Leaving the large room and passing out into the courtyard, the shed where the operations were going on presented another scene of horror. In the rush and hurry that had continued unabated since morning it was impossible to operate on every case that was brought in, so their attention had been confined to those urgent cases that imperatively demanded it. Whenever Bouroche's rapid judgment told him that amputation was necessary, he proceeded at once to perform it. In the same way he lost not a moment's time in probing the wound and extracting the projectile whenever it had lodged in some locality where it might do further mischief, as in the muscles of the neck, the region of the arm pit, the thigh joint, the ligaments of the knee and elbow. Severed arteries, too, had to be tied without delay. Other wounds were merely dressed by one of the hospital stewards under his direction and left to await developments. He had already with his own hand performed four amputations, the only rest that he allowed himself being to attend to some minor cases in the intervals between them, and was beginning to feel fatigue. There were but two tables, his own and another, presided over by one of his assistants; a sheet had been hung between them, to isolate the patients from each other. Although the sponge was kept constantly at work the tables were always red, and the buckets that were emptied over a bed of daisies a few steps away, the clear water in which a single tumbler of blood sufficed to redden, seemed to be buckets of unmixed blood, torrents of blood, inundating the gentle flowers of the parterre. Although the room was thoroughly ventilated a nauseating smell arose from the tables and their horrid burdens, mingled with the sweetly insipid odor of chloroform.

Delaherche, naturally a soft-hearted man, was in a quiver of compassionate emotion at the spectacle that lay before his eyes, when his attention was attracted by a landau that drove up to the door. It was a private carriage, but doubtless the ambulance attendants had found none other ready to their hand and had crowded their patients into it. There were eight of them, sitting on one another's knees, and as the last man alighted the manufacturer recognized Captain Beaudoin, and gave utterance to a cry of terror and surprise.

"Ah, my poor friend! Wait, I will call my mother and my wife."

They came running up, leaving the bandages to be rolled by servants. The attendants had already raised the captain and brought him into the room, and were about to lay him down upon a pile of straw when Delaherche noticed, lying on a bed, a soldier whose ashy face and staring eyes exhibited no sign of life.

"Look, is he not dead, that man?"

"That's so!" replied the attendant. "He may as well make room for someone else!"

He and one of his mates took the body by the arms and legs and carried it off to the morgue that had been extemporized behind the lilac bushes. A dozen corpses were already there in a row, stiff and stark, some drawn out to their full length as if in an attempt to rid themselves of the agony that racked them, others curled and twisted in every attitude of suffering. Some seemed to have left the world with a sneer on their faces, their eyes retroverted till naught was visible but the whites, the grinning lips parted over the glistening teeth, while in others, with faces unspeakably sorrowful, big tears still stood on the cheeks. One, a mere boy, short and slight, half whose face had been shot away by a cannon-ball, had his two hands clasped convulsively above his heart, and in them a woman's photograph, one of those pale, blurred pictures that are made in the quarters of the poor, bedabbled with his blood. And at the feet of the dead had been thrown in a promiscuous pile the amputated arms and legs, the refuse of the knife and saw of the operating table, just as the butcher sweeps into a corner of his shop the offal, the worthless odds and ends of flesh and bone.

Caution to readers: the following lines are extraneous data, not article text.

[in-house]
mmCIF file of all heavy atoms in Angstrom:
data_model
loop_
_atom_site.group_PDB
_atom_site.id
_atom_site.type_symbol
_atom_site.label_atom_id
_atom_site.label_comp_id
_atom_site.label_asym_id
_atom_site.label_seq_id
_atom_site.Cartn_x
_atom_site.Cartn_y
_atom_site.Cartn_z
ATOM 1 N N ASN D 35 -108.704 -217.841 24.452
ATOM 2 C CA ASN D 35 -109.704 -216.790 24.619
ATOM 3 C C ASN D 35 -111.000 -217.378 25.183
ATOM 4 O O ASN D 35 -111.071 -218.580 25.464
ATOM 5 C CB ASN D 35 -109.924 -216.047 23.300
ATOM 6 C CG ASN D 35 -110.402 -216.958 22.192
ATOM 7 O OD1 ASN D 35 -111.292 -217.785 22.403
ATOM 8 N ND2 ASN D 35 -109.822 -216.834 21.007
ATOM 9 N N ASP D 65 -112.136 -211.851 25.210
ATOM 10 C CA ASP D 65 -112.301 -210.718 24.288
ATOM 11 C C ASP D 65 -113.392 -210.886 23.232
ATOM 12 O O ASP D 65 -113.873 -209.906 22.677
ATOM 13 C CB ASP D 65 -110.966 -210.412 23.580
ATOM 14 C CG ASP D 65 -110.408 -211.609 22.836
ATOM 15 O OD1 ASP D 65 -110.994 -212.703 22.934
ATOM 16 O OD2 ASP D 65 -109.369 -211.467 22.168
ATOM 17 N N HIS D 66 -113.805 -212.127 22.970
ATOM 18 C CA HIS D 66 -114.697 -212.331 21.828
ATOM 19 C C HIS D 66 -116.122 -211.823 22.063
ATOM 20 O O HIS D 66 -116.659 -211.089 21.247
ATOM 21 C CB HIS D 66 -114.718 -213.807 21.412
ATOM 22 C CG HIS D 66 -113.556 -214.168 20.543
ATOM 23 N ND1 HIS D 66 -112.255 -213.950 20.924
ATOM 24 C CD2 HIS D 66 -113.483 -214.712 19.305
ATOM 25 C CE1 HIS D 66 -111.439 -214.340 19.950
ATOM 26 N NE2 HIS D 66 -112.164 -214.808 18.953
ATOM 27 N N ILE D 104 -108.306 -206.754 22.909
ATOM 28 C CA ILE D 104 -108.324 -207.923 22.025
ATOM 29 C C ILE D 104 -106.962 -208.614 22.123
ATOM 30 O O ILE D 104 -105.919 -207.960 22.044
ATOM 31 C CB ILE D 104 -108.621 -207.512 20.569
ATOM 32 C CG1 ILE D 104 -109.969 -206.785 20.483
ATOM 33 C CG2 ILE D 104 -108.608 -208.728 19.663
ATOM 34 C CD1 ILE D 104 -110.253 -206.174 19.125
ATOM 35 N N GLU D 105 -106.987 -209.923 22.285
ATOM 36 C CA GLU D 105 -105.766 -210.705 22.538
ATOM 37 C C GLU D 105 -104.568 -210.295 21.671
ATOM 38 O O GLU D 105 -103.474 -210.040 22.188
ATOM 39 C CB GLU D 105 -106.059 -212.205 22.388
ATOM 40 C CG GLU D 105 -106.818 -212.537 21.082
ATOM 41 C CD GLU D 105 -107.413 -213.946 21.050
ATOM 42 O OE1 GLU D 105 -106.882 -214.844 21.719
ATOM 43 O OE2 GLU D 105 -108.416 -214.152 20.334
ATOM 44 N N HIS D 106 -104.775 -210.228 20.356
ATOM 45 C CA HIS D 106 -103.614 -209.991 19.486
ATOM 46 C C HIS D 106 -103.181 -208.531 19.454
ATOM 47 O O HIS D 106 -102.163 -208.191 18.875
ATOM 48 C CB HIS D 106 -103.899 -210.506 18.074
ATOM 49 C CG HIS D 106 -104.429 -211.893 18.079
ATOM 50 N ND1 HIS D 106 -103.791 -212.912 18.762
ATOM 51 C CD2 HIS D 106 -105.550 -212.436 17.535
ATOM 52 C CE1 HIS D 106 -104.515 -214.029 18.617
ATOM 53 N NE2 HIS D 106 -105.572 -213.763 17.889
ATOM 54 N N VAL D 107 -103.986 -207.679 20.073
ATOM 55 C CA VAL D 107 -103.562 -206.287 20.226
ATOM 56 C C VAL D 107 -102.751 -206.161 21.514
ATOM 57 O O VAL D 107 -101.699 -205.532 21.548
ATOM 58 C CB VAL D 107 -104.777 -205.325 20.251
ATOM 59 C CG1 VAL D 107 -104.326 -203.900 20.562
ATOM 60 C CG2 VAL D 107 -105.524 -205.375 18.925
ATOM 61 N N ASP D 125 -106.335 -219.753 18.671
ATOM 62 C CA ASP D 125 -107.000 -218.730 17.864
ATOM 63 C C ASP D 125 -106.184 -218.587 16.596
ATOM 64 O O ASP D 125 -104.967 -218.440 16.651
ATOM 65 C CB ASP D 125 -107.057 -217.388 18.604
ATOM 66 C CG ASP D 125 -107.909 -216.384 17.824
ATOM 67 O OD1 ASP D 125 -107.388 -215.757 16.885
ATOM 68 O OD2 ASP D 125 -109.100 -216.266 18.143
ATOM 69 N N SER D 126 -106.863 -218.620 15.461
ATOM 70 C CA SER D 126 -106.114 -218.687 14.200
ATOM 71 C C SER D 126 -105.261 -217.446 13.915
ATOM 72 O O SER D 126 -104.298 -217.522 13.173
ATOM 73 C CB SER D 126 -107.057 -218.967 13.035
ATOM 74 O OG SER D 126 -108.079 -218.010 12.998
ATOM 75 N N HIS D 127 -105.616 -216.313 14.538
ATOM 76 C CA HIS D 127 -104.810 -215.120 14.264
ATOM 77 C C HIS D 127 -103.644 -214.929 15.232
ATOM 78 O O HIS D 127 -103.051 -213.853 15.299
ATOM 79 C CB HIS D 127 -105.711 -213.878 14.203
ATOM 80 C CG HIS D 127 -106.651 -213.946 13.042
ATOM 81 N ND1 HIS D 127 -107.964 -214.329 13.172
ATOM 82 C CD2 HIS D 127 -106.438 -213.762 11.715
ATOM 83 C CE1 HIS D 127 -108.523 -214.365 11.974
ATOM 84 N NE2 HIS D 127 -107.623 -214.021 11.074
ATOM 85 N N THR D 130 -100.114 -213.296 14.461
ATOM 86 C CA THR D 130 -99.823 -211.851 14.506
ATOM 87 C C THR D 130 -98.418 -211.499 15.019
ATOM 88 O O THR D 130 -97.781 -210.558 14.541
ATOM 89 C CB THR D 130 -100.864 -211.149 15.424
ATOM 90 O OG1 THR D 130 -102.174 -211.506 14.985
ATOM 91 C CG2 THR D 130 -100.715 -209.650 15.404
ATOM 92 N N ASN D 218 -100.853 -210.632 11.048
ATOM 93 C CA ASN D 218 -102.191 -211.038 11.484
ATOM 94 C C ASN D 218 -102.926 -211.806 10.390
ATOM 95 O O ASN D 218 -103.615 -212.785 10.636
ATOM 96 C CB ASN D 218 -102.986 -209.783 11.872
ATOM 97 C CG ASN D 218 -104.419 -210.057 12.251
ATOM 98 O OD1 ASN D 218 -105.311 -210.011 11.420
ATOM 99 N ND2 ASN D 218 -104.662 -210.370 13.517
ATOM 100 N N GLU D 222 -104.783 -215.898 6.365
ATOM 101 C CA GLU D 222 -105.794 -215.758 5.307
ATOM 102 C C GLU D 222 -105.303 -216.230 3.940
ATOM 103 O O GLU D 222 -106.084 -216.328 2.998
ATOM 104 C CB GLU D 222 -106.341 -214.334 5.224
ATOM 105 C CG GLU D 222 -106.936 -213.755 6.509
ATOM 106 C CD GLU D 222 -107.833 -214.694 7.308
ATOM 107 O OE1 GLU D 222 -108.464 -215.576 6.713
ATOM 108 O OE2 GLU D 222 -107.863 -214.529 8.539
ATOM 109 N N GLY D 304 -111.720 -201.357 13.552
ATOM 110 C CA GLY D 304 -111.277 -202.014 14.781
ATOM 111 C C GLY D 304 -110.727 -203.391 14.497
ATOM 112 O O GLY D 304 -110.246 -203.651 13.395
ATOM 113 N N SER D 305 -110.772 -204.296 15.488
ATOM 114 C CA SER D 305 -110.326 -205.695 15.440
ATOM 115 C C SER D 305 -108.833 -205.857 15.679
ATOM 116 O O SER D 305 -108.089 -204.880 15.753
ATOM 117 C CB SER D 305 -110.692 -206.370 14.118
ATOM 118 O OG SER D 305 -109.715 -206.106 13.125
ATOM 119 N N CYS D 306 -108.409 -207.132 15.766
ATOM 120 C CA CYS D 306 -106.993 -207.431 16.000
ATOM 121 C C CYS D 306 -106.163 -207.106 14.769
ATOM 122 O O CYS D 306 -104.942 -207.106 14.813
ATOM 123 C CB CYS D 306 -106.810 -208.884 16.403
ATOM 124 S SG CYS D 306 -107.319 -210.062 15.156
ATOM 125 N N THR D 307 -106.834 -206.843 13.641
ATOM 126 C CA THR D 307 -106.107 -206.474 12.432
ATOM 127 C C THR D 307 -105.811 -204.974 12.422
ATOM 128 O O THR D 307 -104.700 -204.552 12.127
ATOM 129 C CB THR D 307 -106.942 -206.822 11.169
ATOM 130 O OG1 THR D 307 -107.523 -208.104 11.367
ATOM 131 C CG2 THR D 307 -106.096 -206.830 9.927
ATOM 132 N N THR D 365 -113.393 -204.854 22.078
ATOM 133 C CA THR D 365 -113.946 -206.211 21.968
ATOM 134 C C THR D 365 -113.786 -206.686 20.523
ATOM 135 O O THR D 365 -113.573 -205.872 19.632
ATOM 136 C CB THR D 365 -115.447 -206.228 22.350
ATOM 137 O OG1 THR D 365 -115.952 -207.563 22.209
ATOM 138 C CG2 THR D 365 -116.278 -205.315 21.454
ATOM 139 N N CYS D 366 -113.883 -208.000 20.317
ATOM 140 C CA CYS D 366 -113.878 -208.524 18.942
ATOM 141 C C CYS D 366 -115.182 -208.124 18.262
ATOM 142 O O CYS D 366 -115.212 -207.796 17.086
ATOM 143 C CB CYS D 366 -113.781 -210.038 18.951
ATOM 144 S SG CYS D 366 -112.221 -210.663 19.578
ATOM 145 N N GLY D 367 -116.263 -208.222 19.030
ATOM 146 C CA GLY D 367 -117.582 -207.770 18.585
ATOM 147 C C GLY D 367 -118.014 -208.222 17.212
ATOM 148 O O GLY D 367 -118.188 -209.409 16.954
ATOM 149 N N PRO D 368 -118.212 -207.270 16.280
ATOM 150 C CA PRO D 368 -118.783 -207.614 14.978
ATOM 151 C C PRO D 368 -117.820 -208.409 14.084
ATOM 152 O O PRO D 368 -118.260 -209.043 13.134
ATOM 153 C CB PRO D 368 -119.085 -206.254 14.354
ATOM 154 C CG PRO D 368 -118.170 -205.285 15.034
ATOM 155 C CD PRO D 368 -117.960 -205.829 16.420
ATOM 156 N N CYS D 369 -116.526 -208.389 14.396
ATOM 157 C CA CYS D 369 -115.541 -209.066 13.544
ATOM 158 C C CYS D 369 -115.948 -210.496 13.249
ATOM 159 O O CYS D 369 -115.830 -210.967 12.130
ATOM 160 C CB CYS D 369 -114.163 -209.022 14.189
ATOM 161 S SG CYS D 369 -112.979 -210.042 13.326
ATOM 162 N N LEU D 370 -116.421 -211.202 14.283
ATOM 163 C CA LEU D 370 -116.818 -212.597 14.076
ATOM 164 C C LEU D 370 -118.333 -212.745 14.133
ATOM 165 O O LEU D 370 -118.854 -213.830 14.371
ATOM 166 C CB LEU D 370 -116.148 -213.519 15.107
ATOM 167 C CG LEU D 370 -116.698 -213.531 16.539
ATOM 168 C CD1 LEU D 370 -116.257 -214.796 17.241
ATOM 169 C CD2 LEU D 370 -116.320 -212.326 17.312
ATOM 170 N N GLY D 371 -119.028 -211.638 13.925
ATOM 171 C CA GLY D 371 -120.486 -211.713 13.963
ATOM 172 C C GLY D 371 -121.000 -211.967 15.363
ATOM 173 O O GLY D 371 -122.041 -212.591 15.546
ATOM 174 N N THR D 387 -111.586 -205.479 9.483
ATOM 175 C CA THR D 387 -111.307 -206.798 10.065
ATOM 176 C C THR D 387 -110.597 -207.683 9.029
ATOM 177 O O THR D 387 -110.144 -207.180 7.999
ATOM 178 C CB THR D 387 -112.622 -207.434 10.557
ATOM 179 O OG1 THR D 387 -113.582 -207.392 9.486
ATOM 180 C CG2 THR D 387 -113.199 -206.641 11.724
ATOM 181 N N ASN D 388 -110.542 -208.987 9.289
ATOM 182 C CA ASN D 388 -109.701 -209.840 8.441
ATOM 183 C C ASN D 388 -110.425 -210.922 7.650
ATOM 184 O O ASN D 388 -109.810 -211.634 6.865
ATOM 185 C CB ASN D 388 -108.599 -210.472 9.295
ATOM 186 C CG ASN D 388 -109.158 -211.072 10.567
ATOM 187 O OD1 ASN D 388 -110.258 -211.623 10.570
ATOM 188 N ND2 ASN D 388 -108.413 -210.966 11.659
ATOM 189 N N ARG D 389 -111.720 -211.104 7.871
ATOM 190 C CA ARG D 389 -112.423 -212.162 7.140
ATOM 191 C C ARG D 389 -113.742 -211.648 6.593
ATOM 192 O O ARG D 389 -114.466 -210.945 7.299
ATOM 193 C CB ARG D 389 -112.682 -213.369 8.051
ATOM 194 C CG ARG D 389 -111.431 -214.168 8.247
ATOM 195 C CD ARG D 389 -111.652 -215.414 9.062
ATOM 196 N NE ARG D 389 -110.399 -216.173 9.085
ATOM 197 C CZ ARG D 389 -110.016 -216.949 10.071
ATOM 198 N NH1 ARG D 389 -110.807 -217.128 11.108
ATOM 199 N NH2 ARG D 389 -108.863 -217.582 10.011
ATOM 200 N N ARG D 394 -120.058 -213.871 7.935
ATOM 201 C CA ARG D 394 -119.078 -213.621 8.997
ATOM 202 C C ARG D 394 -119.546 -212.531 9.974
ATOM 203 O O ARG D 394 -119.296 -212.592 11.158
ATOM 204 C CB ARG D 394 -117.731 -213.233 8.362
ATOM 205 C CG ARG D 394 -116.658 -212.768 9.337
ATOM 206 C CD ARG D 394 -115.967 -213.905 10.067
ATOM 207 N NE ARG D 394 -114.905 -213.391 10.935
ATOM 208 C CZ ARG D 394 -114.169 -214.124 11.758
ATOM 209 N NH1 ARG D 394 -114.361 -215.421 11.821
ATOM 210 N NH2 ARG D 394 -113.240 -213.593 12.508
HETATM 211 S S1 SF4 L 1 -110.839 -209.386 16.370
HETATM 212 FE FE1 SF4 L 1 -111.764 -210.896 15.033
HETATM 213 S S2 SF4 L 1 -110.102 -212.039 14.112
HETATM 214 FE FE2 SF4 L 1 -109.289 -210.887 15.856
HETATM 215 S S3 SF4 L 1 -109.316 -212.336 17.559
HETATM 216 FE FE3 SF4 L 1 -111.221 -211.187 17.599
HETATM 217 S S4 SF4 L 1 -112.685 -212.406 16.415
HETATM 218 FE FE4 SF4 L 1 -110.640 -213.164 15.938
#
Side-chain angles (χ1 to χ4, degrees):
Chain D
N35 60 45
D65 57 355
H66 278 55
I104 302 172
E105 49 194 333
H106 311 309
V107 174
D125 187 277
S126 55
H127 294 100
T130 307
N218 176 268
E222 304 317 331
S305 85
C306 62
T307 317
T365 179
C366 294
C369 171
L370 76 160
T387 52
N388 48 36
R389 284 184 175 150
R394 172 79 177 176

Gilberte shuddered as she looked on Captain Beaudoin. Good God! how pale he was, stretched out on his mattress, his face so white beneath the encrusting grime! And the thought that but a few short hours before he had held her in his arms, radiant in all his manly strength and beauty, sent a chill of terror to her heart. She kneeled beside him.

"What a terrible misfortune, my friend! But it won't amount to anything, will it?" And she drew her handkerchief from her pocket and began mechanically to wipe his face, for she could not bear to look at it thus soiled with powder, sweat, and clay. It seemed to her, too, that she would be helping him by cleansing him a little. "Will it? it is only your leg that is hurt; it won't amount to anything."